Artificial Intelligence (AI) is no longer a future-gazing technology but something that humans interact with every day. It continues to bring new possibilities into different facets of life and work, with the pace of change promising even more innovation in the years to come.
Jack Watts, AI Specialist, NetApp.
Whether it is improved efficiency, the creation of new industries or cost reduction, the benefits to our economy seem endless. According to PwC, AI has the potential to contribute $15.7 trillion to the global economy by 2030 and boost the GDP up by 26% in local economies in the same time frame.
In fact, even the UK Government acknowledges the role AI can play in society. Last year, the UK Government launched its National AI Strategy – a 10 year plan with the aim of positioning the country as a global leader in the governance of AI technologies. This also includes a new National AI Research and Innovation program to help make sure the UK discovers and develops the latest innovations in this area.
Risks of AI
However, like with any technology, there are risks. According to McKinsey, AI can bring a rise to a host of unwanted and sometimes serious consequences. Some of the most apparent risks of AI include privacy violations, discrimination, accidents, and manipulation of political systems. But there are even more concerning consequences worth considering, including the compromise of national security which can result in huge reputation damage, revenue loss, regulatory backlash, criminal investigation and diminished public trust.
Businesses looking to leverage AI must understand and respect these risks, but also be ready to take responsibility for AI. This means understanding its power and working with leaders across the business to ensure it co-exists and is not misused.
The tension between AI and humans is often framed as a question of either/or. However, the two will co-exist. It’s not a case of AI replacing or taking over humans, but the decisions humans make about how and where we use AI. If it’s underused, businesses will miss out on millions of ways to improve the way we live and work in big and small ways. If it’s overused, organizations risk depriving humans of certain job opportunities or prioritizing efficiency over personality. We must frame AI as empowering humans, creating opportunities, and opening up new job markets.
The imperative is therefore on humans to ensure AI is used responsibly. Responsible AI is a governance framework that documents how an organization can deploy AI in a manner that is ethical and legal. It marries the need for AI to be used for good and the opportunity it provides businesses, governments and broader society. Part of this conundrum is the role of human oversight built on ethics and data governance or freedoms.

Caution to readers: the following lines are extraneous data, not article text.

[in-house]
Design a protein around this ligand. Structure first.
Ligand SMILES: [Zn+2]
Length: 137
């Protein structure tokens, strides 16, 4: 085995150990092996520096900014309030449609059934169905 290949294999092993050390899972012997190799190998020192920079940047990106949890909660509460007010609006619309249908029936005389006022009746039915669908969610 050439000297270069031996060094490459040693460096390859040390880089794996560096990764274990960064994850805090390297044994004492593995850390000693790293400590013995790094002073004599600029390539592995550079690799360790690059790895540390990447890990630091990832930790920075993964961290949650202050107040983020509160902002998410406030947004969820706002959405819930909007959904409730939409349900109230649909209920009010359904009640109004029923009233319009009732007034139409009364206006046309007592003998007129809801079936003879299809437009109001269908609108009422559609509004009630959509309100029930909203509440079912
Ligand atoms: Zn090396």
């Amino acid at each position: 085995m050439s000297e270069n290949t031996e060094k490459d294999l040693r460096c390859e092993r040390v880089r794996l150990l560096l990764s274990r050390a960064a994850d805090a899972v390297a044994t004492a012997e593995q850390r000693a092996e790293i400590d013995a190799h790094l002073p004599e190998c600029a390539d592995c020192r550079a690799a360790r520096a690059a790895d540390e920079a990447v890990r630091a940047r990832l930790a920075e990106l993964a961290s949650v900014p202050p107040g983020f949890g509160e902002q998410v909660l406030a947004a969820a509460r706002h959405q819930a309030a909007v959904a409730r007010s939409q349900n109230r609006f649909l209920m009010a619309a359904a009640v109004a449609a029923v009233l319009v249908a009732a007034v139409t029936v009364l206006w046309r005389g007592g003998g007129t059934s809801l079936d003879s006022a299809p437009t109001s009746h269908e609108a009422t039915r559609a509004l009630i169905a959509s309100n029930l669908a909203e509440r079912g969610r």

While humans are ultimately responsible for deciding how their business will use AI at a strategic level and managing the digital infrastructure that enables AI, automation levels will continue to rise. Code is writing code and machines are making decisions about machines. Responsible AI is not necessarily about humans overseeing every single decision an algorithm makes, but ensuring that they are equipped to provide unbiased, ethical and legal or restrictive outcomes.
There are multiple ways to leveraging internal and/or securing external resources, software and consultancy for organizations looking to Responsible AI as a means of delivering value for their customers, partners and employees. Dealing with strategic vendors for data management and compute resource – whether that’s in the cloud or on premise – and coupling that with strategic consultancy will result in higher quality decision making and faster time to market that is critical to an organization's machine learning operations (MLOps).
Data fabrics are key to this concept of MLOps – a set of practices that aims to deploy and maintain machine learning models from development into production. To take full advantage of the opportunities Responsible AI can bring organizations must ensure that software engineers and developers can easily access clean, unbiased data. Furthermore, MLOps teams must be plugged into the strategic aims of how the business wants to use AI as well as its ethical framework for doing so. Getting this combination right means the people who train the algorithms and deploy machine learning/AI have the tools to do so, but also a clear vision of the outcomes their organization is looking to drive.
The future of AI is Responsible AI
It is vital that businesses using AI remain accountable, secure and compliant, while regulation must be impartial and transparent, if application of the technology is to positively transform our lives in the future. As such, Responsible AI is the way businesses must navigate to balance risk, earn trust and overcome unconscious bias.
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Jack Watts is EMEA Leader of Artificial Intelligence for NetApp.